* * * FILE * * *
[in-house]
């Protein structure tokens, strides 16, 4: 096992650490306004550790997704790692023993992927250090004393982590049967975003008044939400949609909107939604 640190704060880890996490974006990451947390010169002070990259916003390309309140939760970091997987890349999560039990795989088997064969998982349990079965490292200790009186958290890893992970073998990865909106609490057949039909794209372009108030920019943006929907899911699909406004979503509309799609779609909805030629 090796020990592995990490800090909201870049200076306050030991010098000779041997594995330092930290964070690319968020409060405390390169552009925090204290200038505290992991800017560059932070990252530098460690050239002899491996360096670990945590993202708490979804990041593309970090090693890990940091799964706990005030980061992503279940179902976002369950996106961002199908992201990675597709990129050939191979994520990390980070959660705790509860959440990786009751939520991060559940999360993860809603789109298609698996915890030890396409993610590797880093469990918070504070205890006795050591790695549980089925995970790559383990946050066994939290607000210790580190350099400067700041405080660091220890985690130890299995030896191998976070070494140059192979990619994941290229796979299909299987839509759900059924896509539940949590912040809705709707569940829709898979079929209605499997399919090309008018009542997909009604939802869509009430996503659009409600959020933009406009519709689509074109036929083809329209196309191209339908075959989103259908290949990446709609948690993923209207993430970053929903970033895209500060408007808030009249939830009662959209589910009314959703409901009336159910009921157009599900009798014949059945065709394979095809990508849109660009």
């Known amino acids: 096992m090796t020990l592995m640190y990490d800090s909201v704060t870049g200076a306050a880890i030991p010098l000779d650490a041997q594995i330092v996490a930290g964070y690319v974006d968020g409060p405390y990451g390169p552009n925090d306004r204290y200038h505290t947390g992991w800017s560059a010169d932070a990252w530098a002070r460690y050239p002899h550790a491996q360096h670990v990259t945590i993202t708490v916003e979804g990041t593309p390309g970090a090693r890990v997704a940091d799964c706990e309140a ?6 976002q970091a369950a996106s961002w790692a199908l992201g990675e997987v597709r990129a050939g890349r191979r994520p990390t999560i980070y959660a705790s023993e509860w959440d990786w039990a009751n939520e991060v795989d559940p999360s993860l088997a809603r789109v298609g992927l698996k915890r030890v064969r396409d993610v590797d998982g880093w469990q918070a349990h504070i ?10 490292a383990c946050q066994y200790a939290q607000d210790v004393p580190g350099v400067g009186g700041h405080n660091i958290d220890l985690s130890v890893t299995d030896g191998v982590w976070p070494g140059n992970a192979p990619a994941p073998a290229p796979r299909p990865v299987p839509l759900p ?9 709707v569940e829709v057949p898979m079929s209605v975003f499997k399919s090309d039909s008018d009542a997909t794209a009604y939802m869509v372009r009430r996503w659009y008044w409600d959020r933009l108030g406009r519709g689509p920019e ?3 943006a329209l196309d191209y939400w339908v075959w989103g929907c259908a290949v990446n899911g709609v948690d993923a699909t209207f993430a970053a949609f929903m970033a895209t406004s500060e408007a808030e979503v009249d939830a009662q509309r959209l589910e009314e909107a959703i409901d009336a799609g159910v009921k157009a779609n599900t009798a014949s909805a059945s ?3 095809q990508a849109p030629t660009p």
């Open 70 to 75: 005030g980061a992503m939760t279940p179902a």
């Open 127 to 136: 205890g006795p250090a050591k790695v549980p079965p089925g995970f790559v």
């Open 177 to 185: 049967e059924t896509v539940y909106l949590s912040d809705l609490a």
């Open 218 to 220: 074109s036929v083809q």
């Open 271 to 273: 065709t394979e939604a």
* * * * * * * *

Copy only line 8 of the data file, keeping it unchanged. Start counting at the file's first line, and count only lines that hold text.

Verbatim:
């Open 271 to 273: 065709t394979e939604a």